Long-term data on invaders: when the fox is away, the mink will play
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- Carlsson, N.O.L., Jeschke, J.M., Holmqvist, N. et al. Biol Invasions (2010) 12: 633. doi:10.1007/s10530-009-9470-z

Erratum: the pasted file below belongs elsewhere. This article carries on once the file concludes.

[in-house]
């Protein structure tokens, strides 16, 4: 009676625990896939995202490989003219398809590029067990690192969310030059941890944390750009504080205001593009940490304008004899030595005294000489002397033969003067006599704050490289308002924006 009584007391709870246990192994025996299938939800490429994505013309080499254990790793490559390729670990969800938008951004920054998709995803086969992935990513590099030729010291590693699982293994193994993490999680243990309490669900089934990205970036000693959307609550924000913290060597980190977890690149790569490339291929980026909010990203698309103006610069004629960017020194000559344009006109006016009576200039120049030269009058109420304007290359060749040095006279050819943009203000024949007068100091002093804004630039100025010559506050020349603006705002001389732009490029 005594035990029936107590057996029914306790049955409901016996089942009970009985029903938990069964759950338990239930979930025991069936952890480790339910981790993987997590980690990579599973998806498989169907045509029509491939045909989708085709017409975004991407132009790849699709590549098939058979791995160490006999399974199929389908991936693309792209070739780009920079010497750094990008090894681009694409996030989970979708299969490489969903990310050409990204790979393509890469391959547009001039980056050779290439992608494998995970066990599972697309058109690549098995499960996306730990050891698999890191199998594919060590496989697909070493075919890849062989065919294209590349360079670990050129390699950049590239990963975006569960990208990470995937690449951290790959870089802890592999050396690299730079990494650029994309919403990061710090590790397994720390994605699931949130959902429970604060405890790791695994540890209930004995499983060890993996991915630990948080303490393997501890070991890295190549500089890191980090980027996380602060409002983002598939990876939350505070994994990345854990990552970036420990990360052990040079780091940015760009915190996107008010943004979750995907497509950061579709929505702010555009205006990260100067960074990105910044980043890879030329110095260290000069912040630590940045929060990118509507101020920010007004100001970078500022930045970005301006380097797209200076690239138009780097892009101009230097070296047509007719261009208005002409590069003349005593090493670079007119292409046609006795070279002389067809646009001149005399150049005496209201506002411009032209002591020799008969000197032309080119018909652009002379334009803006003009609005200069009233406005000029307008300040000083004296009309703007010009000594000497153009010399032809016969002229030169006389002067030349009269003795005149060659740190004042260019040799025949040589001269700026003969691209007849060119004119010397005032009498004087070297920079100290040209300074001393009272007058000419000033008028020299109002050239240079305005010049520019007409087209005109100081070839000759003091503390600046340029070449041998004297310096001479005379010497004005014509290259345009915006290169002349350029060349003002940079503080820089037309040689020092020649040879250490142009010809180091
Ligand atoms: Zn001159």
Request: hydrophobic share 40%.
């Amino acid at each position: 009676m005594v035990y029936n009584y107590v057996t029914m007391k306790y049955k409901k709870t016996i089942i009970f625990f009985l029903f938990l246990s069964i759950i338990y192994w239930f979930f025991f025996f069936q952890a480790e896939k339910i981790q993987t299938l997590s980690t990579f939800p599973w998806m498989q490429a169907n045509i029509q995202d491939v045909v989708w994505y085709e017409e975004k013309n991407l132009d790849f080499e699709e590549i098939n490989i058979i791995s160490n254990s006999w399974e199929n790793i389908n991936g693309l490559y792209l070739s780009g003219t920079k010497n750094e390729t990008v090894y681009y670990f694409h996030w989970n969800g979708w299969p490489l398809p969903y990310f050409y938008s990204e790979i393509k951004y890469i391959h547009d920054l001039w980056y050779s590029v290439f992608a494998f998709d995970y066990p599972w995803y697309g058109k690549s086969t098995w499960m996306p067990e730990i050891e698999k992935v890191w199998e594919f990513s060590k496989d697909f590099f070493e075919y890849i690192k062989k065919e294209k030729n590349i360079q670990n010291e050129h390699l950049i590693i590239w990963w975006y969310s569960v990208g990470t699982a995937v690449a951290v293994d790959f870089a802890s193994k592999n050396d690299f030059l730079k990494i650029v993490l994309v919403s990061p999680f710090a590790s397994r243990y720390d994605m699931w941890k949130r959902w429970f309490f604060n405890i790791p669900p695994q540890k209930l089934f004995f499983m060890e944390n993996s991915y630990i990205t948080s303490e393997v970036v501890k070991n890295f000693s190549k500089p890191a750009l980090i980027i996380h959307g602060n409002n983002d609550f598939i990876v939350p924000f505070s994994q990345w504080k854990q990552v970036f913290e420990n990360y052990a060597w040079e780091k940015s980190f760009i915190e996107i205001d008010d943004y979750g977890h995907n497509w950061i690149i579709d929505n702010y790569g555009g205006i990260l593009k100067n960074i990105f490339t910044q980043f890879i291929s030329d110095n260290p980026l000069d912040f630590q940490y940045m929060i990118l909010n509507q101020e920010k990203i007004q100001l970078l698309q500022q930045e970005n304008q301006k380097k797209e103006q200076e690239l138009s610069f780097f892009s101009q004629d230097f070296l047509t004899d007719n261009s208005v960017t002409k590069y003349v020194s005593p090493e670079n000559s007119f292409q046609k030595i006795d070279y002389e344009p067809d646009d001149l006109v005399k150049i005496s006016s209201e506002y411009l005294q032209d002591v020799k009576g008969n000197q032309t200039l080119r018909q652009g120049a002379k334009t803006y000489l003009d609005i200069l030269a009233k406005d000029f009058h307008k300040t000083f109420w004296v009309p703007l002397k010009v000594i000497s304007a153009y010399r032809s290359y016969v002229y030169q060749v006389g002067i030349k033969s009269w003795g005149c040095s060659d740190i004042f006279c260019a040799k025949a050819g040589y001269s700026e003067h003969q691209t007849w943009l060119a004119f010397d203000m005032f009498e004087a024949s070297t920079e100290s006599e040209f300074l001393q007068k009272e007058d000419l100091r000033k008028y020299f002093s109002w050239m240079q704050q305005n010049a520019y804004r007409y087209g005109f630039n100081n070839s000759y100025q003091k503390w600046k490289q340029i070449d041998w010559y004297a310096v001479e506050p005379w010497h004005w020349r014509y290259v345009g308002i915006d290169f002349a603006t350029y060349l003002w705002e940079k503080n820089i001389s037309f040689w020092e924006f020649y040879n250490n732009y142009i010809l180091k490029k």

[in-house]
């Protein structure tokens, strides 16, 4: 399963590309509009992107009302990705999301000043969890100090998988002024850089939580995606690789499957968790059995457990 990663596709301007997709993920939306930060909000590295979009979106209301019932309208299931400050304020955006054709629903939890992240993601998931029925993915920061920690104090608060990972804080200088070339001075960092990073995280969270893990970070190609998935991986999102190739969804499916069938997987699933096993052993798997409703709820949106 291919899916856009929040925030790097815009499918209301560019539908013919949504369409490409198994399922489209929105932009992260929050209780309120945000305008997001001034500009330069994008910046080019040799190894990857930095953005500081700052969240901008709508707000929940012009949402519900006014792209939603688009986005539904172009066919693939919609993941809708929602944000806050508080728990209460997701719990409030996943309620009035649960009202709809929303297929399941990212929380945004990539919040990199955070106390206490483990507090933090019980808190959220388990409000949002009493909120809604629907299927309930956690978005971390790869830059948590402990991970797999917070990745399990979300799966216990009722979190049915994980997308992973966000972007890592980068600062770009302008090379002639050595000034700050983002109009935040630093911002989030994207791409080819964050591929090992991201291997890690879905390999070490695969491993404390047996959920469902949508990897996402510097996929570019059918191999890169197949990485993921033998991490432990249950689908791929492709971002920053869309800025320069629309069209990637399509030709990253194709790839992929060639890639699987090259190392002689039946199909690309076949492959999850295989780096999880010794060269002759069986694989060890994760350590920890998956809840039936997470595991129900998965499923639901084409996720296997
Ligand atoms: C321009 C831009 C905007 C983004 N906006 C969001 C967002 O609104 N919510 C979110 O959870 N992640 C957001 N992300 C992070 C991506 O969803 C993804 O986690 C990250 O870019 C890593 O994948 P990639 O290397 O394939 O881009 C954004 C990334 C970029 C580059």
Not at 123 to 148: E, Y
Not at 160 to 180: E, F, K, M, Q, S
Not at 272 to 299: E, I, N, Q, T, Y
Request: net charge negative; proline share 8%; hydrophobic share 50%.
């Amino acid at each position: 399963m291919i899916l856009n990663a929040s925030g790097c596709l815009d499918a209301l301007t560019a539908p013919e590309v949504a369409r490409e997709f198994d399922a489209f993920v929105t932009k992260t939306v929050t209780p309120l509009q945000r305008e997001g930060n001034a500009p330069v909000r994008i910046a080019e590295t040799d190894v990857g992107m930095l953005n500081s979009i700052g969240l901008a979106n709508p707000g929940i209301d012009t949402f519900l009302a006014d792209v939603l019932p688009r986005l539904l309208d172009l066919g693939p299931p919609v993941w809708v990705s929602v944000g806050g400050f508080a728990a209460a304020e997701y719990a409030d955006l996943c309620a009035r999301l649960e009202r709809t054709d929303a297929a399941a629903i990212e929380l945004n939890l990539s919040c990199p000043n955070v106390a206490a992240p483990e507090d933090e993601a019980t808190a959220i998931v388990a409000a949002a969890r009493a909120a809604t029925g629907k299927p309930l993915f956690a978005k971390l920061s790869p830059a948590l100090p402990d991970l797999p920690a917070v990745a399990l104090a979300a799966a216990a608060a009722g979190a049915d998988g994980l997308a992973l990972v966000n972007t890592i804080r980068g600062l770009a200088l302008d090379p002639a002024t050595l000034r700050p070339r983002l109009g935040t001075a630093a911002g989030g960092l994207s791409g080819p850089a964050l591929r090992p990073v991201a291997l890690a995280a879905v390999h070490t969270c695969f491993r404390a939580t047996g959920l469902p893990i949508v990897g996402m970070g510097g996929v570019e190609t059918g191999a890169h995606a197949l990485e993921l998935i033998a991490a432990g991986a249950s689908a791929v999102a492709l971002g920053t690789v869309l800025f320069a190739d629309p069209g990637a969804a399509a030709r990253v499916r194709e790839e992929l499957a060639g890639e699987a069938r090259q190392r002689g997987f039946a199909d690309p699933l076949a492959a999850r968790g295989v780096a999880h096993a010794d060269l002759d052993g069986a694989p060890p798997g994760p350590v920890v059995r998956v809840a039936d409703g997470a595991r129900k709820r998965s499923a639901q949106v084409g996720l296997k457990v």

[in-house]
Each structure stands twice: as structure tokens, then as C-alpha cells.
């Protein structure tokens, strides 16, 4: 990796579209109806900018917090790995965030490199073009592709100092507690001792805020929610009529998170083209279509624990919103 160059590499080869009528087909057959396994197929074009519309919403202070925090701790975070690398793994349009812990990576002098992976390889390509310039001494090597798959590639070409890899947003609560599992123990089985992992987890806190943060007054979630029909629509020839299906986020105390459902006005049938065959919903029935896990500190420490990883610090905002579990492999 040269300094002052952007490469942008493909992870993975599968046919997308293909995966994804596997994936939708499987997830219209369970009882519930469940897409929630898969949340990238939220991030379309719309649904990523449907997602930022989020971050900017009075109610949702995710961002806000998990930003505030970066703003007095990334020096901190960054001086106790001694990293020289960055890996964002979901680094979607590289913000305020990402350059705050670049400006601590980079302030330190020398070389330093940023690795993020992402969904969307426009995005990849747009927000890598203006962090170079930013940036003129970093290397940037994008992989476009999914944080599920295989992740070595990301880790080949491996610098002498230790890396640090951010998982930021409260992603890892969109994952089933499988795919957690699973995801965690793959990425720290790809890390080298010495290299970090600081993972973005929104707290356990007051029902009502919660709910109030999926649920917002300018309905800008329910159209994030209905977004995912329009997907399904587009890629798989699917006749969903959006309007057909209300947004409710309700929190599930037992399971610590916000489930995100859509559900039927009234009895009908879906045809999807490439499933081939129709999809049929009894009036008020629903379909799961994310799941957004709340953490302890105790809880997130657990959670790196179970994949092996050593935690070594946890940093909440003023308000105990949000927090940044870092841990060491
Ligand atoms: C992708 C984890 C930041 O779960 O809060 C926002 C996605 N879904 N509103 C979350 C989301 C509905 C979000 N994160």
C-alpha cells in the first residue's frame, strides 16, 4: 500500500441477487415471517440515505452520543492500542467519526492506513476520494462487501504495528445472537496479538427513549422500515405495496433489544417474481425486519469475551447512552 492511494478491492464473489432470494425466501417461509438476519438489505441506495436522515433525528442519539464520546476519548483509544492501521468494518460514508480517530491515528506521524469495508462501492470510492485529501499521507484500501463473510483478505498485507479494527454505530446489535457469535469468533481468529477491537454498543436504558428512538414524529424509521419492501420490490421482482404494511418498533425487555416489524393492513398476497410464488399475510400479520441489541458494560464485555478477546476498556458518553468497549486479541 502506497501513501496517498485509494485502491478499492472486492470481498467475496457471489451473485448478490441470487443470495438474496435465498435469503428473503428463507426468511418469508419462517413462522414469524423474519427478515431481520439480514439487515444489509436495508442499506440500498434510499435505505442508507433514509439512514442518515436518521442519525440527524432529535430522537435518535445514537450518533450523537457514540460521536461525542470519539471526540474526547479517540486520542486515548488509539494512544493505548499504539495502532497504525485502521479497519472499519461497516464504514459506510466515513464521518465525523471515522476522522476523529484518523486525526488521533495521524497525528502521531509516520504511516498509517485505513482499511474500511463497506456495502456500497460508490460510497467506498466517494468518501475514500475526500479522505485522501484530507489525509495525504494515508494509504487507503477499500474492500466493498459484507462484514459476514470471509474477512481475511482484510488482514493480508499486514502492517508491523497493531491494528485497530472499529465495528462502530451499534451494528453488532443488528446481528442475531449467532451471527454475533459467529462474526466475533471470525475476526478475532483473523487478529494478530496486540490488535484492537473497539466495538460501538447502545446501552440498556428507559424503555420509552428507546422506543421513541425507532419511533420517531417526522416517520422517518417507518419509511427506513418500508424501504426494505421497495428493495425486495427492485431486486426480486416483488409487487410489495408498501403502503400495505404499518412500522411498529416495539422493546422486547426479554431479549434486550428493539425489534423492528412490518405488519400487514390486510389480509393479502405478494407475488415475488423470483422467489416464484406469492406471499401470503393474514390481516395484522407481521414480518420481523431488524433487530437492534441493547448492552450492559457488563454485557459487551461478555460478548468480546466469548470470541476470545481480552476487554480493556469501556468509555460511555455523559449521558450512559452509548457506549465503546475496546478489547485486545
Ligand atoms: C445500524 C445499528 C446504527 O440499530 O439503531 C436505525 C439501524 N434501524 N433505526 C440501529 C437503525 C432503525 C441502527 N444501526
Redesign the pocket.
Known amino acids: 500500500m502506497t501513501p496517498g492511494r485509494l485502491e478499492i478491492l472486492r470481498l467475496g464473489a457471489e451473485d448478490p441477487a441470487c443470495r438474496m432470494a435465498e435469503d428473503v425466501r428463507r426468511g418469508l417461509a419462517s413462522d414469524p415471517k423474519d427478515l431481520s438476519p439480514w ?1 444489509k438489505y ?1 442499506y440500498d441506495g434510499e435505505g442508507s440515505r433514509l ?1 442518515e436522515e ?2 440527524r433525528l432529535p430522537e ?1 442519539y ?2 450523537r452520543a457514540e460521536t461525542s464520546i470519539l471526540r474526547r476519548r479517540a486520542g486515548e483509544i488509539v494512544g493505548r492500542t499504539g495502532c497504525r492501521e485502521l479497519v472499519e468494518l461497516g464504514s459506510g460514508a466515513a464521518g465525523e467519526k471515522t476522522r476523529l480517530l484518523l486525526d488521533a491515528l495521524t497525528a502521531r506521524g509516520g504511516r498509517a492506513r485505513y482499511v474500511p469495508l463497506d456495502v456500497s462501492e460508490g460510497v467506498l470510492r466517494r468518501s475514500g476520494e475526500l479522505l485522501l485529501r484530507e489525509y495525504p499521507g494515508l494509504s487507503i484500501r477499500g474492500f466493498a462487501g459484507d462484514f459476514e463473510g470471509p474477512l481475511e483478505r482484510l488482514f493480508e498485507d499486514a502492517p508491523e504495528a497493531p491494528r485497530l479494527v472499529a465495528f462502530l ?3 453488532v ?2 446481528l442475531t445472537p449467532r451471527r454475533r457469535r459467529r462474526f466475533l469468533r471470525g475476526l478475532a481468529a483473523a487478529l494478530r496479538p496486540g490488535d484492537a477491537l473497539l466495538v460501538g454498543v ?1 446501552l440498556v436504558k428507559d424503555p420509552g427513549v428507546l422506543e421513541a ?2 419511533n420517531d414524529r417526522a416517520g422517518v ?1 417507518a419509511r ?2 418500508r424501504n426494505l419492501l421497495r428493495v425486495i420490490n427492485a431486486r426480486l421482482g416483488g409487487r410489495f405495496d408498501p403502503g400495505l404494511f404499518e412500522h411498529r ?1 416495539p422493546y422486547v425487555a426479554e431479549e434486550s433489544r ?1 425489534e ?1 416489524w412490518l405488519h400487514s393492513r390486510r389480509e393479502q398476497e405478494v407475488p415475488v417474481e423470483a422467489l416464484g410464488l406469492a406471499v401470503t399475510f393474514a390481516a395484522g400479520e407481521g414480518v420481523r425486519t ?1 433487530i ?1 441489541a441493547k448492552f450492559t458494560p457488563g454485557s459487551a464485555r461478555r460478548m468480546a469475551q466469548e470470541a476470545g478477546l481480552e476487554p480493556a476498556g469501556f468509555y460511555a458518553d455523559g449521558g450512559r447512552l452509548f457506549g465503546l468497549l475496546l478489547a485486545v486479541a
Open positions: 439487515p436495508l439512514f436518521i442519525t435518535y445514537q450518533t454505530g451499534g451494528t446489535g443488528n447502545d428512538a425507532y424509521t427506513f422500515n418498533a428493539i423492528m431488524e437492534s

Studies of the effects and population dynamics of invasive species typically cover only short time periods. However, populations of invasive species interact with native species, and these interactions may have strong effects on invaders’ populations and effects over time. We present and analyze long-term data on invasive American mink (Neovison vison), native red fox (Vulpes vulpes), and mountain hare (Lepus timidus) in Sweden. The mink’s population dynamics followed a pattern of logistic growth from the late 1930s to the late 1970s. In the early 1980s, however, the population tripled, then declined sharply. We suggest that the mink’s population tripling was caused by a drastic decline in red fox populations, which caused terrestrial prey to increase. Later recovery of the fox population reversed the trend and caused the mink population’s recent decline. Our study shows that species interactions between native and invasive species, and therefore biotic resistance, can change dramatically over time.